We live in an era where people of colour remain grossly underrepresented on political talk shows, and where Asian Americans in particular constitute less than 1% of guests on Sunday morning talk shows. I’m honestly not sure what is more offensive: that Ann Coulter called all Asian Americans “Mandarins” on primetime TV last night, or that MSNBC chose to invite this inflammatory racist (rather than any one of several Asian American or Latino commentators) on-air to talk about the Asian American and Latino communities in the first place.

Do better, MSNBC. Do better.

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  • Ravyn Skye

    My husband said, “Hey! I’m not orange! I’m *yellow*! She better get it right!” looool

  • Skeet Duran

    If you think calling Asian Americans as Mandarins is correct, then let’s call White people as French, or Frenchies, or French Fries. lol

  • Whirlwitch

    No dear, in all the cases you mention, the name of the language follows the name of the people. English is the language spoken by Angles who founded England, French is the language of Frankish people who founded France, Danish is the language of the Danes (danskere), Finnish is the language of the Finns (finnar).

  • Whirlwitch

    I’ve been called worse. 🙂

  • Whirlwitch

    I can tell. Starting before kindergarten, going by your language, cognitive and social skills.

  • Ann-Sofie Holmberg

    Finnish/Finn/Finland is Swedish/English. In Finnish the nation is Suomi, the language is suomi and the people who speak it are suomenkielisiä. Suomalainen (ie a Finn) can be either suomenkielinen or ruotsinkielinen (swedish speaking). And of course there are the Sami the indigenous people of the Nordic countries.

    Finland is bilingual like Canada. Are they BWT french or english according to you logic?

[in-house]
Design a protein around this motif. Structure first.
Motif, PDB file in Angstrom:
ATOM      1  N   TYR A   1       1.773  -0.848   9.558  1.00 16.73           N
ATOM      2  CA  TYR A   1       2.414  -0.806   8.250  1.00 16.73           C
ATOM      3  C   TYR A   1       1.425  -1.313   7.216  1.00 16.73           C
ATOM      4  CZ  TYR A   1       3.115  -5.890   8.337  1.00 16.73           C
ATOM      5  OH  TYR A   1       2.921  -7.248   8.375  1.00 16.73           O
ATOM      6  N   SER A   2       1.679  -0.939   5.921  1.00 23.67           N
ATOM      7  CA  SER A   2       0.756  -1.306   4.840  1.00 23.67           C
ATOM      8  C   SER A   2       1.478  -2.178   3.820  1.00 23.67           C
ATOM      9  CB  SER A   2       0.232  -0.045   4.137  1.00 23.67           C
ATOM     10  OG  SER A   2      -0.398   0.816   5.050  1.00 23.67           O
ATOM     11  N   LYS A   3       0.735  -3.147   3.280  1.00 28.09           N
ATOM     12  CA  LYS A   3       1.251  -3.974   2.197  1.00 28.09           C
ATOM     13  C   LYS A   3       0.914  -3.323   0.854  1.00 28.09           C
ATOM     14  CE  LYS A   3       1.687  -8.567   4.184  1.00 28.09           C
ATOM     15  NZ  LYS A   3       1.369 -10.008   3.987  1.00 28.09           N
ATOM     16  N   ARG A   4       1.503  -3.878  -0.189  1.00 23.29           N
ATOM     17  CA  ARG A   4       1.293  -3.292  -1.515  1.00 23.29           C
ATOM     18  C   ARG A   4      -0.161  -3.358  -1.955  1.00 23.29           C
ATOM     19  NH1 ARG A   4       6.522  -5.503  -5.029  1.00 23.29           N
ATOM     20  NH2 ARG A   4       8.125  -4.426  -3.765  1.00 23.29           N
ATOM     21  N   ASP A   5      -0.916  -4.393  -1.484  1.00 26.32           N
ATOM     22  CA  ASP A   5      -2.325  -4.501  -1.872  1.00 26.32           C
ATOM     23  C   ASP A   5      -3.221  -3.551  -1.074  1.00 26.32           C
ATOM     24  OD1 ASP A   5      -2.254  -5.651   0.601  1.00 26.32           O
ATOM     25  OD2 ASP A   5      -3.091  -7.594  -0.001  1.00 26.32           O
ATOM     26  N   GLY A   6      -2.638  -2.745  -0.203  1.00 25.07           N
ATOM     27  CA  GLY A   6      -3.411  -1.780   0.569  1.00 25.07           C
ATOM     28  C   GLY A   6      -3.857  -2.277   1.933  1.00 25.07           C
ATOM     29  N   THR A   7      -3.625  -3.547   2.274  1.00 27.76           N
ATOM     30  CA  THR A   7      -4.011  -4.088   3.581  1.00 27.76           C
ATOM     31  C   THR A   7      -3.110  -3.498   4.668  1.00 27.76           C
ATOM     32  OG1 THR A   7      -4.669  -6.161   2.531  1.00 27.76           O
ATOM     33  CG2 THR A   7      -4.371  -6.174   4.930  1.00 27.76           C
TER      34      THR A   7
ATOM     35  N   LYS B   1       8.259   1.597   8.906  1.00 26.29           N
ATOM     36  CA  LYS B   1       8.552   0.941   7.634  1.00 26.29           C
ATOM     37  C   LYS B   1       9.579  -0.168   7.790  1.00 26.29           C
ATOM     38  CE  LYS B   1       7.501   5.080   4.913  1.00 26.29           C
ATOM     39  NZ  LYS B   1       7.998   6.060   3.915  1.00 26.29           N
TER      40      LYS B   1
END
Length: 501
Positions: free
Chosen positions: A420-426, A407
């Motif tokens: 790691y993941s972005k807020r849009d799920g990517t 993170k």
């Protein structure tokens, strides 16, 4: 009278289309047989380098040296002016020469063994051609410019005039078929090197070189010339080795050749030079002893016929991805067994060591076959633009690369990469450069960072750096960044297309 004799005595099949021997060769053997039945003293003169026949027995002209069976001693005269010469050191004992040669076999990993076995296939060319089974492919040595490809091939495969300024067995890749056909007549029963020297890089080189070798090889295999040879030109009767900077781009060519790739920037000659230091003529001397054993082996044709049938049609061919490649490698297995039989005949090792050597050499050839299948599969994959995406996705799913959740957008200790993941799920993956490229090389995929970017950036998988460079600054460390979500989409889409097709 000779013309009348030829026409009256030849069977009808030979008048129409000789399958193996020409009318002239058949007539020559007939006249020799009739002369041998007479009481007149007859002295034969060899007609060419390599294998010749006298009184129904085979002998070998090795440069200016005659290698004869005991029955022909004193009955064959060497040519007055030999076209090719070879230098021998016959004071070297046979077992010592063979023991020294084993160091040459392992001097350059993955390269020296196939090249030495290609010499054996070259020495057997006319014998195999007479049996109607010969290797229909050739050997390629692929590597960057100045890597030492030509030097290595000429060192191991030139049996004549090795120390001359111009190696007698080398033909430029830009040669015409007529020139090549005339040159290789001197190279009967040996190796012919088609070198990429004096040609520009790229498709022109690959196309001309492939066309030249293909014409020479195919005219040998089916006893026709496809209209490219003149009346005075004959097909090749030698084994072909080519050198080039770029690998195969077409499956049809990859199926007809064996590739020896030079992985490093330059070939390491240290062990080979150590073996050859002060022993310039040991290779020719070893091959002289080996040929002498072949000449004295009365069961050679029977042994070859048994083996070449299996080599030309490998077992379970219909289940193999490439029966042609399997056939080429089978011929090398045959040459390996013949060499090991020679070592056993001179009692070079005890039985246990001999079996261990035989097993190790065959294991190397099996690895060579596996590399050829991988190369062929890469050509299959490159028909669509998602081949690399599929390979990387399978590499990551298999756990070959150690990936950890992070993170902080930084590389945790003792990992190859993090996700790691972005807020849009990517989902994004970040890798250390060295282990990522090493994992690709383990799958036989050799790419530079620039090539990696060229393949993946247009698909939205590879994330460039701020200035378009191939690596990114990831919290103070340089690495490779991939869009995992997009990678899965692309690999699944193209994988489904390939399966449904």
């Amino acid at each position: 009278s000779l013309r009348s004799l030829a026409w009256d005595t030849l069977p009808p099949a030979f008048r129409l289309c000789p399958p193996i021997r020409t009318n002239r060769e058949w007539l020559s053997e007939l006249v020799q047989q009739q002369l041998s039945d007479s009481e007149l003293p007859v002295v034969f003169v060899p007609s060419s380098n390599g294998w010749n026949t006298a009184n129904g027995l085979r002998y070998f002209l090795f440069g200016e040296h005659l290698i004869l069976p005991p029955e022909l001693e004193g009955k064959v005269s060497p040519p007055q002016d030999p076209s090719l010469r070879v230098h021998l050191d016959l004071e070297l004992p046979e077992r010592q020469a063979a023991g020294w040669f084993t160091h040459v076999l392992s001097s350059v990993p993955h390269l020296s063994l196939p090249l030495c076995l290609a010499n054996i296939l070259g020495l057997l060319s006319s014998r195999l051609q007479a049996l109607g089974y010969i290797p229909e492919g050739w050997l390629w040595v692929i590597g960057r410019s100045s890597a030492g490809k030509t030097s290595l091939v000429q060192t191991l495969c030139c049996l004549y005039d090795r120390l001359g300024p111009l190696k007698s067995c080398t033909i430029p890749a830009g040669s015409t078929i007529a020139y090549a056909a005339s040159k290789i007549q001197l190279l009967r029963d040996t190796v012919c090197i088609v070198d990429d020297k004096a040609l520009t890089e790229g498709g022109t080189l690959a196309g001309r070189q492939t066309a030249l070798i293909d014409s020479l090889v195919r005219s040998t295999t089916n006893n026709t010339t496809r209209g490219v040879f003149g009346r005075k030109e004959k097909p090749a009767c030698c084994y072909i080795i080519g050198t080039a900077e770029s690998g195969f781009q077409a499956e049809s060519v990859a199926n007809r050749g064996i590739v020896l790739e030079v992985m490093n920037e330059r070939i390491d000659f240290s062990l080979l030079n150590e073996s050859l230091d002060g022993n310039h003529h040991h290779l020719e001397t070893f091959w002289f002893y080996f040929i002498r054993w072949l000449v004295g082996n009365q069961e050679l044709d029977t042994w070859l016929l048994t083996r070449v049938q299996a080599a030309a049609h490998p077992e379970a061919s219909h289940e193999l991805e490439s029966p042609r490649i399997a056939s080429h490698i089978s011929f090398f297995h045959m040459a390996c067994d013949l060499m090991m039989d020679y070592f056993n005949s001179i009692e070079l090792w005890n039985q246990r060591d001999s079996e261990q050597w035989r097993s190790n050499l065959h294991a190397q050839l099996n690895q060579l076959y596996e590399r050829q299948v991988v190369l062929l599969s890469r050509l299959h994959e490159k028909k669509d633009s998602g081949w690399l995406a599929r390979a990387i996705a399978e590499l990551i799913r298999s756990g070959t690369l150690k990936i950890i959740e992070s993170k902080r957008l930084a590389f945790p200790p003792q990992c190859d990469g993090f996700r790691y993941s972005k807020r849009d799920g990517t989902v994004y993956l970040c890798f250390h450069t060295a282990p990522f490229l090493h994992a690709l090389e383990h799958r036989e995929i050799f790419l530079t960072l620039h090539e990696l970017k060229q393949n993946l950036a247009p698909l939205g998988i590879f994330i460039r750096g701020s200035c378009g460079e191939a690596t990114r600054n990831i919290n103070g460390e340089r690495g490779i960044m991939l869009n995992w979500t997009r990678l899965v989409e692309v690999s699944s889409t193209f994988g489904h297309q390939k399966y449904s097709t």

• Leo R

    Networks like MSNBC invite her specifically because she is controversial. Only inviting fringe personalities drives up ratings. It’s a desparate state of journalism we have come to.
    I suspect for example, that “The Guardian” has in the past intentionally published absurd and nonsensical articles in order to drive up traffic to their website on Sundays.

  • Olde Rose

    In the final analysis, Witchie, all I really need to know about matters Oriental is that, absent the ticket, I cannot redeem my laundry; and with six, we get egg rolls. So there’s that.

  • Olde Rose

    In the final analysis, Witchie, all I really need to know about matters Oriental is that, absent the ticket, I cannot redeem my laundry; and with six, we get egg rolls. So there’s that.

  • Olde Rose

    I call American citizens Americans. The traditional notion of the Melting Pot is good enough for me. Semper Fi.

  • Olde Rose

    I call American citizens Americans. The traditional notion of the Melting Pot is good enough for me. Semper Fi.

  • No. Racist stereotypes do not fly on this site. Wow.

  • Skeet Duran

    When the subject shifts to whites, suddenly you folks want political correctness, when it’s about Asian Americans you folks let anything goes.

  • Skeet Duran

    Your media, politicians, government, and police agencies do not call Asians as Americans, they call us with any names but Americans.

  • Olde Rose

    If so, they are clearly in the wrong. Being called anything other than American is a borderline slur. American is as good as it gets.

  • Michael Fairney

    ordasity?

  • Michael Fairney

    english? french? german? what an idiot!

  • sensibleman

    love it!

  • sensibleman

    except, they weren’t born speaking the language, or as a government official.
    #dawnofthebraindead

  • sensibleman

    I always used “Dann” or “Dan”.
    But this works BRILLIANTLY!

  • sensibleman

    Although I’m not sure exactly, she’s entering her third decade of trolling cable news viewers.

  • sensibleman

    okay so are all “Asian Americans” of Chinese descent?
    Still patently false.

  • sensibleman

    ???

  • sensibleman

    yes, unfortunately.

  • sensibleman

    What don’t you get?
    It’s not that it’s ‘Politically Incorrect’
    it’s that it’s simply…
    INCORRECT.

    But silly me for thinking facts matter.